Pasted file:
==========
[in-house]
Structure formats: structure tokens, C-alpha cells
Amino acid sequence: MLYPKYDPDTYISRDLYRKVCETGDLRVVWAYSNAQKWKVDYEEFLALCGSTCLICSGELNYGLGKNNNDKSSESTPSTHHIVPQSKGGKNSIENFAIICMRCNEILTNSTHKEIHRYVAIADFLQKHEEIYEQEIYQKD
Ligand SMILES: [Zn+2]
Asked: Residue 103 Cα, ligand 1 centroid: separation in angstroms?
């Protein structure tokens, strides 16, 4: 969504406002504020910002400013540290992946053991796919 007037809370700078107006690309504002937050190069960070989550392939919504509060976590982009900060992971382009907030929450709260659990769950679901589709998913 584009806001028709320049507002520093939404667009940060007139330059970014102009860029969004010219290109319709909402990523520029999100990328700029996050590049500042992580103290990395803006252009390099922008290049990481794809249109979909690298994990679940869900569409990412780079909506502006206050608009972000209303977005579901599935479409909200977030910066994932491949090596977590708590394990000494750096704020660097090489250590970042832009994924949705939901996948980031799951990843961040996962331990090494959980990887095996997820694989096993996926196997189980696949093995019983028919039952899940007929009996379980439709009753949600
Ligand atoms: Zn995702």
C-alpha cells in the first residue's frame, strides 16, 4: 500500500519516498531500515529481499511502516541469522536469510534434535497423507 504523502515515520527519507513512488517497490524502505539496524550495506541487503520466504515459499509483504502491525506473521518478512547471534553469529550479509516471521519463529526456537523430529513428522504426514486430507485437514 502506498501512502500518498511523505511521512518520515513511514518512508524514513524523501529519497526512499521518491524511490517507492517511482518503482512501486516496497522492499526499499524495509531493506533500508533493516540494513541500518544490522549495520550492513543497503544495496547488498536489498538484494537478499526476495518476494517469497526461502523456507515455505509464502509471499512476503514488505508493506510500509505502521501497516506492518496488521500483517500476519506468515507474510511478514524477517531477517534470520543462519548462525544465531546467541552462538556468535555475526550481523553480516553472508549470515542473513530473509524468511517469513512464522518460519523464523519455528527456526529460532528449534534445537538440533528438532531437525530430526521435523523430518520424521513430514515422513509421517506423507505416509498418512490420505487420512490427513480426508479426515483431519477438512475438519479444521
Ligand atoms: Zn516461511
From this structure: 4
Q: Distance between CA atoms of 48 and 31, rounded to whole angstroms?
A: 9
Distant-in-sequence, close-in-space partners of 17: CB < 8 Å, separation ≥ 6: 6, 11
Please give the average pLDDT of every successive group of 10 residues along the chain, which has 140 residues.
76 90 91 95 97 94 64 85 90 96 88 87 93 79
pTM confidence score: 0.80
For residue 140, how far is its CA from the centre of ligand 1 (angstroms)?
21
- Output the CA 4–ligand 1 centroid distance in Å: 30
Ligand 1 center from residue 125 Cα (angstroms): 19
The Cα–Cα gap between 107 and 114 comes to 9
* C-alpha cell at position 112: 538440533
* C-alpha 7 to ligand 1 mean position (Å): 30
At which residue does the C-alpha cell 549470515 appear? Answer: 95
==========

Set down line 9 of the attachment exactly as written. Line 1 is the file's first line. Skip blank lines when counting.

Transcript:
Ligand atoms: Zn516461511